Wednesday, August 28, 2013

Subject: Deductions versus Theories

Some people posting to this blog do not seem to understand the difference between making a logical deduction based upon obvious facts, and theories that are simply made up to fit a belief.

If there was no snow on the ground last night, and when you wake up in the morning the ground is covered with snow, it is a reasonable deduction that it snowed during the night.

But, to conspiracy theorists and True Believers, if you didn't actually see it snow, then you do not know it snowed for certain, and it's possible there is some other explanation -- like a sinister government plot.

This is evidently why conspiracy theorists and True Believers cannot accept or understand circumstantial evidence. Circumstantial evidence requires making a deduction about things not actually witnessed, but for which there is sufficient evidence to make a logical deduction.  Example:
1.  An abundance of facts say that Bruce Ivins was the anthrax mailer.

2.  The facts say that the letters were mailed from Princeton, 200 miles from where Ivins lived.

3.  The facts say that Ivins would sometimes drive hundreds of miles to play tricks on people.
4.  The facts say Ivins acted alone to send the anthrax letters.
5.  The facts say Ivins could do this without his family knowing what he did.   

It can be deduced from the facts that Ivins drove to Princeton and back to mail the letters.
But, to conspiracy theorists and True Believers, if there are no actual witnesses who saw Ivins drive to Princeton and mail the letters, then there is no proof or evidence that Ivins drove to Princeton.

Nothing could be further from the truth, and that reasoning is disputed by countless thousands of criminal trials which successfully used circumstantial evidence. 

Conspiracy theorists and True Believers seem totally incapable of understanding that circumstantial evidence can be as damning as direct evidence.  Yet, somehow, they believe their own "evidence" for their own theory is better, even though they have neither direct evidence or compelling circumstantial evidence.  They seem to just believe they are right, and they want the FBI to find the evidence that will prove them right.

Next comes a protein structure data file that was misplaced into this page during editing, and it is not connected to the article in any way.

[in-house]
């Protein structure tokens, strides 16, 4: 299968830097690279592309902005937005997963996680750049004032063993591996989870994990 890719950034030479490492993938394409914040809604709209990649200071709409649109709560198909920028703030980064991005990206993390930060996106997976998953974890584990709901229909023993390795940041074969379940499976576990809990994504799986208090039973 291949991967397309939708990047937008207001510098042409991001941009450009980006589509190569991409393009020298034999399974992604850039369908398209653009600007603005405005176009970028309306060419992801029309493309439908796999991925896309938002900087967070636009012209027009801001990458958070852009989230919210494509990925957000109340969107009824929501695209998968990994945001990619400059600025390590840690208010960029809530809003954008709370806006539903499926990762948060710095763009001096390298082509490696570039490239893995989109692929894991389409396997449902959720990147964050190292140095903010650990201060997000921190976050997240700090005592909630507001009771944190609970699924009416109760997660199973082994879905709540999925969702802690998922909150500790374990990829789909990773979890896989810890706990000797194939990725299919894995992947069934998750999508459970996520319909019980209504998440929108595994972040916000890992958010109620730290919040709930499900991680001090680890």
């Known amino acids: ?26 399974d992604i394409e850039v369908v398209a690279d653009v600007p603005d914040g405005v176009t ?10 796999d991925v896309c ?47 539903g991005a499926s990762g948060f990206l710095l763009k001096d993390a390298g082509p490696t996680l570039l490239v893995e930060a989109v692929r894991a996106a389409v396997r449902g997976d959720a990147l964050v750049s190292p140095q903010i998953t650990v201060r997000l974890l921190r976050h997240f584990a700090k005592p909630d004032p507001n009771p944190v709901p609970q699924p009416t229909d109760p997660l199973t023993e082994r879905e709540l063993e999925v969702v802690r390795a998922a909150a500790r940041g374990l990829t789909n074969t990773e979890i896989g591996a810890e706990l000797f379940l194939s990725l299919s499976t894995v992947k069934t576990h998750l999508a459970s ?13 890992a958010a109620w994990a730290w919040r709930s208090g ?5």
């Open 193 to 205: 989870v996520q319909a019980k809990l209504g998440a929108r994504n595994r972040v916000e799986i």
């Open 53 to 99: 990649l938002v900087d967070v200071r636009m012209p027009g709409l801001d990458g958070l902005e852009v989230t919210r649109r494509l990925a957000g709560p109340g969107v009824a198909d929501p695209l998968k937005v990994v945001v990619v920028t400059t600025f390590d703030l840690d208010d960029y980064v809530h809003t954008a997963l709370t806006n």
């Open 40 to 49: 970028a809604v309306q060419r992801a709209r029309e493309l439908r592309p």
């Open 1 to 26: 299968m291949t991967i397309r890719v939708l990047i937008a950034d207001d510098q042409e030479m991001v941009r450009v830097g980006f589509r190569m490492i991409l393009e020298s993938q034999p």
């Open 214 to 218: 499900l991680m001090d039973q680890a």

Sunday, August 4, 2013

Subject: How Ivins Made the Attack Powders

Recently, in the Frederick News-Post, some "experts" who were co-workers of Dr. Ivins were still arguing that it was "impossible" for Ivins to have made the attack powders without his co-workers noticing what he was doing.  That is just plain ignorant.

But, I can see the problem.  In the Amerithrax Investigation Summary, the Department of Justice didn't describe how Ivins "most likely" made the anthrax powders.  They wouldn't have done that in court, either.  They'd just have proved that Ivins had the means to make the anthrax powders. 

When you start talking about which means Ivins most likely used, then you are getting into "speculation."  And, the defense would argue that it is "just speculation."  So, it's better to prove in court with expert testimony that Ivins could have created the attack spores in a number of different ways, and then leave it to the defense lawyers to try to "prove the negative" - that Ivins could NOT have made the anthrax powders.

But, there will never be any trial, so "experts" can continue to argue that it was "impossible" for Ivins to have made the powders unnoticed, because making spores using the STANDARD methods involved lots of time and lots of specialized equipment - some of which was inoperable.  And the media can continue to print their silly claims without serious fear that some real expert is going step forward and prove them wrong.

The facts which say that Ivins used spores grown on plates inside autoclave bags that had been left to grow for weeks seem UNDENIABLE.  It's easy to understand.  It's relatively simple to do.  There's solid evidence to support it.  It's something that a "normal" scientist would very likely do when committing such a crime, since it is so simple.  Yet, it appears to be something that Ivins co-workers haven't even considered.

Or, if they have considered it, they don't want it discussed because it places some of the blame on them for allowing Ivins to keep hazardous waste in the form of bags full of inoculated plates around for WEEKS, instead of demanding that they be immediately sterilized and then incinerated as any "normal" scientist in any "normal" microbiology lab would be expected to do.

Why isn't the media making a big deal of this?  You'd think that the Frederick News-Post would be concerned about scientists in their community leaving dangerous biohazard waste laying around for weeks in violation of every known protocol.  Instead, however, they ignore the facts and allow scientists to make totally silly claims that it would have been "impossible" for Bruce Ivins to make the attack spores unnoticed.

So, it's up to a NON-expert like me to do a better job of arguing against the "experts" whenever they repeat their silly claims.  The next time the Frederick News-Post or any other media outlet publishes such ignorant claims, I'll try to have a rebuttal ready to post as a comment after the article.  The 12th anniversary of the anthrax attacks will be coming up very soon.  The Truthers can continue to ignore the facts, but they cannot dispute them.   And, History says that gradually the facts will be accepted, particularly since NO ONE has ever disputed the facts on this issue.